Pediatrics

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Early adverse events spur depression, health concerns in teens

Early adverse events spur depression, health concerns in teens
November 17, 2017

Children who experience an increase of zero to three adverse childhood events, including poverty or traumatic events, were 25% more likely to have physical health problems and increased depression in adolescence.

“Health care professionals need to start attending to psychosocial adversity as a tangible risk factor for disease,” Joan L. Luby, MD, the Samuel and Mae S. Ludwig Professor of Child Psychiatry and director of the early emotional development program at Washington University School of Medicine, said in an interview with Infectious Diseases in Children. “They should assess how much adversity the adolescent is still experiencing and address these ongoing stressors as health risks in the same way they might address diet or exercise.”

Meeting NewsVideo

VIDEO: Nutrition therapy for pediatric IBD continues to advance

November 17, 2017
ORLANDO — In this exclusive video from Advances in IBD 2017, David Suskind, MD, professor of pediatrics and director of clinical gastroenterology at Seattle…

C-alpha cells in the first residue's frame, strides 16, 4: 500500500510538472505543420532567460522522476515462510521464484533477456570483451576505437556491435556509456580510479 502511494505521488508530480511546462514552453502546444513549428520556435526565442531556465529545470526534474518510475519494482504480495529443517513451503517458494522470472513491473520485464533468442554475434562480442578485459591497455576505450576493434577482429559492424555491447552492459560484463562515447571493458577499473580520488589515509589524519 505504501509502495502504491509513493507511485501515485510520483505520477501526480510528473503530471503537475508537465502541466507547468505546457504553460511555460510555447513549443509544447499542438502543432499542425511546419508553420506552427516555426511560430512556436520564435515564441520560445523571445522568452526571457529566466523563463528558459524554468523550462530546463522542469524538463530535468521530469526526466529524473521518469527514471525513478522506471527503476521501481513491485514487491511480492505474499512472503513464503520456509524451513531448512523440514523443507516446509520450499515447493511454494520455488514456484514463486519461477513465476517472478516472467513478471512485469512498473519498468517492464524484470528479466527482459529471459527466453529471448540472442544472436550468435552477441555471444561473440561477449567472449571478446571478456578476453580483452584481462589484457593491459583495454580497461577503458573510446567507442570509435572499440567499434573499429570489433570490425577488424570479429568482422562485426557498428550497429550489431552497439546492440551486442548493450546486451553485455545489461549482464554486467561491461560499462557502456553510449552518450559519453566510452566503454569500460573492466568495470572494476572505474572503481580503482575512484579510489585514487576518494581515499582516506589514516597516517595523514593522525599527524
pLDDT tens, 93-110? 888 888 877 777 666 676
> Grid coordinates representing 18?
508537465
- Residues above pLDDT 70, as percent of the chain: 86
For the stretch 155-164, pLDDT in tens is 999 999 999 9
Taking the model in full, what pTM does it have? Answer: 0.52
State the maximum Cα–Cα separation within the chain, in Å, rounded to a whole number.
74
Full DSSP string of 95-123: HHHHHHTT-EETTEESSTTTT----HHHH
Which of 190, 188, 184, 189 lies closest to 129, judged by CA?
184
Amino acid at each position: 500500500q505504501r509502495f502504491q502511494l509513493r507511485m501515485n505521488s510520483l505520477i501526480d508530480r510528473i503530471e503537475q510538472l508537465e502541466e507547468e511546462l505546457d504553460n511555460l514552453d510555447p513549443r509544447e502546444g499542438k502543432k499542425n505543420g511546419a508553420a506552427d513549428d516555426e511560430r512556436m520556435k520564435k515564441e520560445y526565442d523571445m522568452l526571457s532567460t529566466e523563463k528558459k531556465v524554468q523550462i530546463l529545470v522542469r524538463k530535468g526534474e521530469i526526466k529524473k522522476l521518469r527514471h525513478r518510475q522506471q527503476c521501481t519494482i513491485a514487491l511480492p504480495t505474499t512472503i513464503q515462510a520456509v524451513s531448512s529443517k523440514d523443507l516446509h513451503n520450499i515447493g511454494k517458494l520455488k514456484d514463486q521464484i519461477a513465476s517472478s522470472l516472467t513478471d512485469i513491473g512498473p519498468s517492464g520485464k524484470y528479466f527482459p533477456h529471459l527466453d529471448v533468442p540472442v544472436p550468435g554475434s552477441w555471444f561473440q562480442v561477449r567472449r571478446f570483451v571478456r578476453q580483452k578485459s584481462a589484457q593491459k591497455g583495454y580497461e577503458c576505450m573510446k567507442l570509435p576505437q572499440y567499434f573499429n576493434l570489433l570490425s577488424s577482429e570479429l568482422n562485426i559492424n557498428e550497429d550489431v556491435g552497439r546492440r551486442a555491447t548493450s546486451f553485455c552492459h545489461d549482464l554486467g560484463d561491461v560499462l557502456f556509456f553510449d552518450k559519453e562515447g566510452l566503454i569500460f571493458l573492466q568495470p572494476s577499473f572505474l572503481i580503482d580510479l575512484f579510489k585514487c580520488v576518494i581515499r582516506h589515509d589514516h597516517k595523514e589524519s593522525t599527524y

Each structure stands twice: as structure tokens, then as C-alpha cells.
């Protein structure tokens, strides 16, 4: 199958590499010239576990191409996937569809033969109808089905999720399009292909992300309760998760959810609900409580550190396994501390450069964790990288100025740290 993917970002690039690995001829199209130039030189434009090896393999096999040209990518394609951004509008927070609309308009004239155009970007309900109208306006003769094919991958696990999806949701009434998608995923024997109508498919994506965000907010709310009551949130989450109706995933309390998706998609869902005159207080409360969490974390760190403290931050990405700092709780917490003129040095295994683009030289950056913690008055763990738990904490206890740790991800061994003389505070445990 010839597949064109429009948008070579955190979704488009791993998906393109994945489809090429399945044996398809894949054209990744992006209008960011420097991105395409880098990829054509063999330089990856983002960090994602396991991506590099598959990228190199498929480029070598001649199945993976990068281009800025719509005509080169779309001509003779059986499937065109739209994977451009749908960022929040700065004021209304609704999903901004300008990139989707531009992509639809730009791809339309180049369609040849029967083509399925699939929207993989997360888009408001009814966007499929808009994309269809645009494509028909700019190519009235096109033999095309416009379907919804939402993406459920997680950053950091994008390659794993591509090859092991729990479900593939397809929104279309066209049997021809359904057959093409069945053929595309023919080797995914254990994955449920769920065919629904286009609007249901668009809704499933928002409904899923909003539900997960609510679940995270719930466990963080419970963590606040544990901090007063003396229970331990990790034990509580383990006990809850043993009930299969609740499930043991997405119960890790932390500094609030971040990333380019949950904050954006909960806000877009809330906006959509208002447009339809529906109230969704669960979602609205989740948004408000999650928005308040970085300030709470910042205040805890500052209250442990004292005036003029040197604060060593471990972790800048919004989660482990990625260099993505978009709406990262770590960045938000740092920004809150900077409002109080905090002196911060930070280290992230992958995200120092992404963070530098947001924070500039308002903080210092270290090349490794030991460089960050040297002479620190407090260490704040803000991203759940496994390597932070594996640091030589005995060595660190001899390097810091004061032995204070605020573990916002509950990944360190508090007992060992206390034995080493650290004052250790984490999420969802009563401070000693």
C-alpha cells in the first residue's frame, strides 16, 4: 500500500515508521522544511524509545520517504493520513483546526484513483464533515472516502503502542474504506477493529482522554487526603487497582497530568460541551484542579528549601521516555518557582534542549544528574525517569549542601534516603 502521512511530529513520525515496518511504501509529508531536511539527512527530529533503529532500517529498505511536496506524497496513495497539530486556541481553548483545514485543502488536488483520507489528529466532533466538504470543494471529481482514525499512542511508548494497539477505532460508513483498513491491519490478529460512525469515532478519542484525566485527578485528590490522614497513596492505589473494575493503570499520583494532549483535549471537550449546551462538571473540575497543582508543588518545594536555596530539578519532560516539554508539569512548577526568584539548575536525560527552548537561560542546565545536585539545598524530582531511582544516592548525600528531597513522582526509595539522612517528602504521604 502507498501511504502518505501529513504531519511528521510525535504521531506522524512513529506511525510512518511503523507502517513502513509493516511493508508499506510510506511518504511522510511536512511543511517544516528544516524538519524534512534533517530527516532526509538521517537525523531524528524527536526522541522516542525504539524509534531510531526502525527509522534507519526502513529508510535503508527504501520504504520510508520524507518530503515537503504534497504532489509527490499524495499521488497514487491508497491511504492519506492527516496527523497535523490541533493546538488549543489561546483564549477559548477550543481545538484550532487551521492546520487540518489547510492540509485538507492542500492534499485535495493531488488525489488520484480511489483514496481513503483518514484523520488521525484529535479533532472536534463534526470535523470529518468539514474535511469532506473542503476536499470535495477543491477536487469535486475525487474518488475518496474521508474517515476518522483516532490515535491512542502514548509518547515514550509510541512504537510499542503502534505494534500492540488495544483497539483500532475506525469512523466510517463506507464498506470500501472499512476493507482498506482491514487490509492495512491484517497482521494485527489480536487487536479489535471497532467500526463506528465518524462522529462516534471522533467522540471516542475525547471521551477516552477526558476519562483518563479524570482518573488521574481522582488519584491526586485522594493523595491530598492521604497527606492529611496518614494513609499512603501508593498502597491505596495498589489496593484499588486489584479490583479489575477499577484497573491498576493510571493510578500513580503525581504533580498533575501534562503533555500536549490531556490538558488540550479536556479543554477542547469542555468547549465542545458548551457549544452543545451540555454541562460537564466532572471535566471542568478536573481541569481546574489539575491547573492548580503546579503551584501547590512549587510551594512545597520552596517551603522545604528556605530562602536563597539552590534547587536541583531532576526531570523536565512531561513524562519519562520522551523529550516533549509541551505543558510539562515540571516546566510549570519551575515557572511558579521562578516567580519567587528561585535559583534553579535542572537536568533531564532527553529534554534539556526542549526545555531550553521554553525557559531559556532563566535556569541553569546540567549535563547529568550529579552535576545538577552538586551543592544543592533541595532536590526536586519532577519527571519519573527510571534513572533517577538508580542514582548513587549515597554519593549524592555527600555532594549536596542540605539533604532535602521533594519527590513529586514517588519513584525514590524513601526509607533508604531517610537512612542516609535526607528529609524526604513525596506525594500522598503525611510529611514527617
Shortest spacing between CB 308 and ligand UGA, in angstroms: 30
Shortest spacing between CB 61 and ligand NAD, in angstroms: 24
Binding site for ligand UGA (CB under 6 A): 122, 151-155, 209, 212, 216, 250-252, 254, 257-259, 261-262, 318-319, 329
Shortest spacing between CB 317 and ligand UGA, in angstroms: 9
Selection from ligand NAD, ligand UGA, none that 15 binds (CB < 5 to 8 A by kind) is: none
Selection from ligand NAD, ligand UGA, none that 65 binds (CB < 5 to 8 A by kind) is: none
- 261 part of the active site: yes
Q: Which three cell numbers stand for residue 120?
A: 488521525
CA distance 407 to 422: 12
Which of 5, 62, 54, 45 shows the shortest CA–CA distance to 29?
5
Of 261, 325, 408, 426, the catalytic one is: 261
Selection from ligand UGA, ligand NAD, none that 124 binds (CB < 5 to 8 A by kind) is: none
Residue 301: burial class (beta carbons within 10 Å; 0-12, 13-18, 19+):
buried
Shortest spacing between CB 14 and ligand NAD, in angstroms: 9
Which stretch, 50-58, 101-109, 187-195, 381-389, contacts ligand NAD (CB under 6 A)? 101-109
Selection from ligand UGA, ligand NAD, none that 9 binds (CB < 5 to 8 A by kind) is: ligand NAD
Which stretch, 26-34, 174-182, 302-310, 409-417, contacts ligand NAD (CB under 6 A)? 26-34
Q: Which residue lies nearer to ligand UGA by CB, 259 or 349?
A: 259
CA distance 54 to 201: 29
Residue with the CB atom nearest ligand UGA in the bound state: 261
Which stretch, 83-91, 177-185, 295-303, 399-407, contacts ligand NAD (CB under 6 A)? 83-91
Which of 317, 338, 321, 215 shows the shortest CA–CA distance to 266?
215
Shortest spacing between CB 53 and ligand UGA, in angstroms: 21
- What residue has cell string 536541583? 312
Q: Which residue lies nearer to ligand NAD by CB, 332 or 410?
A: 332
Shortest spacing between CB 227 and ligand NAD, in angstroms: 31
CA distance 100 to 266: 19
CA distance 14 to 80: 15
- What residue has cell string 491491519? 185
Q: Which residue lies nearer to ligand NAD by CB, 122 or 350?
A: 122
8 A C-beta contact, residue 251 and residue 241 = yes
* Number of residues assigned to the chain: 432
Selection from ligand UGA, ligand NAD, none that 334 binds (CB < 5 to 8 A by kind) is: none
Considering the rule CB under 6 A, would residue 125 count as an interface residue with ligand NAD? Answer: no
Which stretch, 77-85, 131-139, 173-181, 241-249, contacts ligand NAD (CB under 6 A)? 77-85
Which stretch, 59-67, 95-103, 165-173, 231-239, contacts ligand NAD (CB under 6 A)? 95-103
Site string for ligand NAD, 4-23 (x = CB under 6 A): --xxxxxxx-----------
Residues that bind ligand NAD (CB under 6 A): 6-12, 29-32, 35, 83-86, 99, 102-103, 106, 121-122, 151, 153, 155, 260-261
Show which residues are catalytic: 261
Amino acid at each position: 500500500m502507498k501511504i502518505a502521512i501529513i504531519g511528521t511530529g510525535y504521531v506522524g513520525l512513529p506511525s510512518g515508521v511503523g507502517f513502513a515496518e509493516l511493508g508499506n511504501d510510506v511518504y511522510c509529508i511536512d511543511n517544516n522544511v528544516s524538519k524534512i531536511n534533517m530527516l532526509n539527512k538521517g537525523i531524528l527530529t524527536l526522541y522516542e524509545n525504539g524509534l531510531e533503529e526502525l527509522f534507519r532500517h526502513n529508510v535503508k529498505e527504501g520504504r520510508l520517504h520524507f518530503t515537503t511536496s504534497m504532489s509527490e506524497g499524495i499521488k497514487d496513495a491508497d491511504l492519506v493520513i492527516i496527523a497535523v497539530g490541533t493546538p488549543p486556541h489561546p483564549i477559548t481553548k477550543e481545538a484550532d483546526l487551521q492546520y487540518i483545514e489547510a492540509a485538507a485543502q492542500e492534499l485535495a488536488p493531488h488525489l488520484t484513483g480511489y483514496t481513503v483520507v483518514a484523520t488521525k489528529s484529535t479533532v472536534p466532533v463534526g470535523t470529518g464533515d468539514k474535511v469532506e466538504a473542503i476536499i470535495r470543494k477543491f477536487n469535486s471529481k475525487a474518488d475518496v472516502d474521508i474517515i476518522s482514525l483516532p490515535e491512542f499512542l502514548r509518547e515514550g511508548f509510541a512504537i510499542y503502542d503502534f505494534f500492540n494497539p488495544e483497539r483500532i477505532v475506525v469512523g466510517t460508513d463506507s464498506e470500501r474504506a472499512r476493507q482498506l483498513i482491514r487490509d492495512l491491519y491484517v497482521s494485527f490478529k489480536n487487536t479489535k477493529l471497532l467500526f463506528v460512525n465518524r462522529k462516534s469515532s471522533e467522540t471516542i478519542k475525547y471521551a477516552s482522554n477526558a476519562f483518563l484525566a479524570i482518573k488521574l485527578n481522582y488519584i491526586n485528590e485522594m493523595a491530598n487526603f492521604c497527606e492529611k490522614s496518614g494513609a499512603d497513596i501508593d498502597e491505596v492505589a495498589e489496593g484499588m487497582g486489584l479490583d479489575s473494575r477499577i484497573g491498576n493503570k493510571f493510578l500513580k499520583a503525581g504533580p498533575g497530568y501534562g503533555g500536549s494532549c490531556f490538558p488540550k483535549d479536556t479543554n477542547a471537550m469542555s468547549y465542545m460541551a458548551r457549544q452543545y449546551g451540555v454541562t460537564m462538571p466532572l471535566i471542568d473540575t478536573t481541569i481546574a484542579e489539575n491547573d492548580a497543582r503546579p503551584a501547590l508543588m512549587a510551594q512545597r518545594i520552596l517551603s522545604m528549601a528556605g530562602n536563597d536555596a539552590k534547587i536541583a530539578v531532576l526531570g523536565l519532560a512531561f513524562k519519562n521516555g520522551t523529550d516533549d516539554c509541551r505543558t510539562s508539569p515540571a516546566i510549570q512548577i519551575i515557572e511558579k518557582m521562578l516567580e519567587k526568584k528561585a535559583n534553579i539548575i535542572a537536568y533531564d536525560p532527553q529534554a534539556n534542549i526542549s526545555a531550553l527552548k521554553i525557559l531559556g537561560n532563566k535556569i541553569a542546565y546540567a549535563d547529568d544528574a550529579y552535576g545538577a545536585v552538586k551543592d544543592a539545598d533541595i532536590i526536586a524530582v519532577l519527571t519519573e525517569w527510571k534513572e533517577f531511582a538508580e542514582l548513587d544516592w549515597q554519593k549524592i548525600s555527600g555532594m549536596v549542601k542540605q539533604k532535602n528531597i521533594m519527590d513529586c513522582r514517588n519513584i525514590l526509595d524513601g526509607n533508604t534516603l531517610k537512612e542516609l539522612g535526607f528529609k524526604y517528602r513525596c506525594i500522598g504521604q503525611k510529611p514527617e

In the Journals

Group B streptococcus stillbirths, deaths remain high despite vaccine feasibility

November 16, 2017
Group B streptococcal infections are a major contributor to poor health in both mothers and children and is responsible for nearly 150,000 stillbirths and infant deaths…
In the Journals Plus

Prenatal air pollution exposure linked to infant weight gain in girls

November 16, 2017
Increased cord blood levels of leptin and high-molecular-weight adiponectin are associated with greater prenatal exposure to traffic-related air pollution, which may…
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CME

Best of AWIR Immunology Bootcamp

This activity is supported by educational grants from AbbVie, Inc.; Lilly USA, LLC; and Sanofi Genzyme and Regeneron Pharmaceuticals.

Immune-mediated inflammatory disease (IMID) is a group of clinically heterogeneous disorders that share common…
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GI Bookshelf

Question 28: I Have A Patient With Biliary-Type Pain, But No Other Evidence Of Bile Duct Disease (Normal Diameter Duct On Ultrasound, Normal Liver Function Tests). How Should Such A Patient Be Managed?

From Curbside Consultation in Endoscopy: 49 Clinical Questions, Second Edition
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Resource Centers
American College of Allergy, Asthma and Immunology Annual Meeting

American College of Allergy, Asthma and Immunology Annual Meeting

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Meeting News

VIDEO: New early peanut introduction guidelines must undo ‘years of misconceptions’

October 28, 2017
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